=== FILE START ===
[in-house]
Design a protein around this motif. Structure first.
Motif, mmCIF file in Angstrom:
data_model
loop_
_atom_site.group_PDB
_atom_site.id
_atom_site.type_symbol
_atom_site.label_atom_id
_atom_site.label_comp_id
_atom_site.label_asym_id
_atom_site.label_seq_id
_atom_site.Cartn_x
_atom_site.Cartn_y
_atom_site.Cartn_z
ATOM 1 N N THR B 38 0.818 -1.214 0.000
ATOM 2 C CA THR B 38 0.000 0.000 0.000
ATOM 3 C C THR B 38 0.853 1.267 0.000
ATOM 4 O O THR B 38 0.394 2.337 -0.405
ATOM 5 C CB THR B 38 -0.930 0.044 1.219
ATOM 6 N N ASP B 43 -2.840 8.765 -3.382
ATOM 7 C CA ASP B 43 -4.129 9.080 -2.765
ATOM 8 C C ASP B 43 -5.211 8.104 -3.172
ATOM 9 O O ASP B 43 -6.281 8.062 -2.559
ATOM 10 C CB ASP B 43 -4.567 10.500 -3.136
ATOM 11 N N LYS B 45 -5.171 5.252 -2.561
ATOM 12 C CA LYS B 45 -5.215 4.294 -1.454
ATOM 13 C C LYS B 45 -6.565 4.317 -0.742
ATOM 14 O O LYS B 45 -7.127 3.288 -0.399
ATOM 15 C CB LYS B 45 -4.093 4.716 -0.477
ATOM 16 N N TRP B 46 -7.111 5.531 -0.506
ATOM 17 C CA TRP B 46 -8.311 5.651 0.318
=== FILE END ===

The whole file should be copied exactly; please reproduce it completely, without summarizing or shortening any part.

[in-house]
Design a protein around this motif. Structure first.
Motif, mmCIF file in Angstrom:
data_model
loop_
_atom_site.group_PDB
_atom_site.id
_atom_site.type_symbol
_atom_site.label_atom_id
_atom_site.label_comp_id
_atom_site.label_asym_id
_atom_site.label_seq_id
_atom_site.Cartn_x
_atom_site.Cartn_y
_atom_site.Cartn_z
ATOM 1 N N THR B 38 0.818 -1.214 0.000
ATOM 2 C CA THR B 38 0.000 0.000 0.000
ATOM 3 C C THR B 38 0.853 1.267 0.000
ATOM 4 O O THR B 38 0.394 2.337 -0.405
ATOM 5 C CB THR B 38 -0.930 0.044 1.219
ATOM 6 N N ASP B 43 -2.840 8.765 -3.382
ATOM 7 C CA ASP B 43 -4.129 9.080 -2.765
ATOM 8 C C ASP B 43 -5.211 8.104 -3.172
ATOM 9 O O ASP B 43 -6.281 8.062 -2.559
ATOM 10 C CB ASP B 43 -4.567 10.500 -3.136
ATOM 11 N N LYS B 45 -5.171 5.252 -2.561
ATOM 12 C CA LYS B 45 -5.215 4.294 -1.454
ATOM 13 C C LYS B 45 -6.565 4.317 -0.742
ATOM 14 O O LYS B 45 -7.127 3.288 -0.399
ATOM 15 C CB LYS B 45 -4.093 4.716 -0.477
ATOM 16 N N TRP B 46 -7.111 5.531 -0.506
ATOM 17 C CA TRP B 46 -8.311 5.651 0.318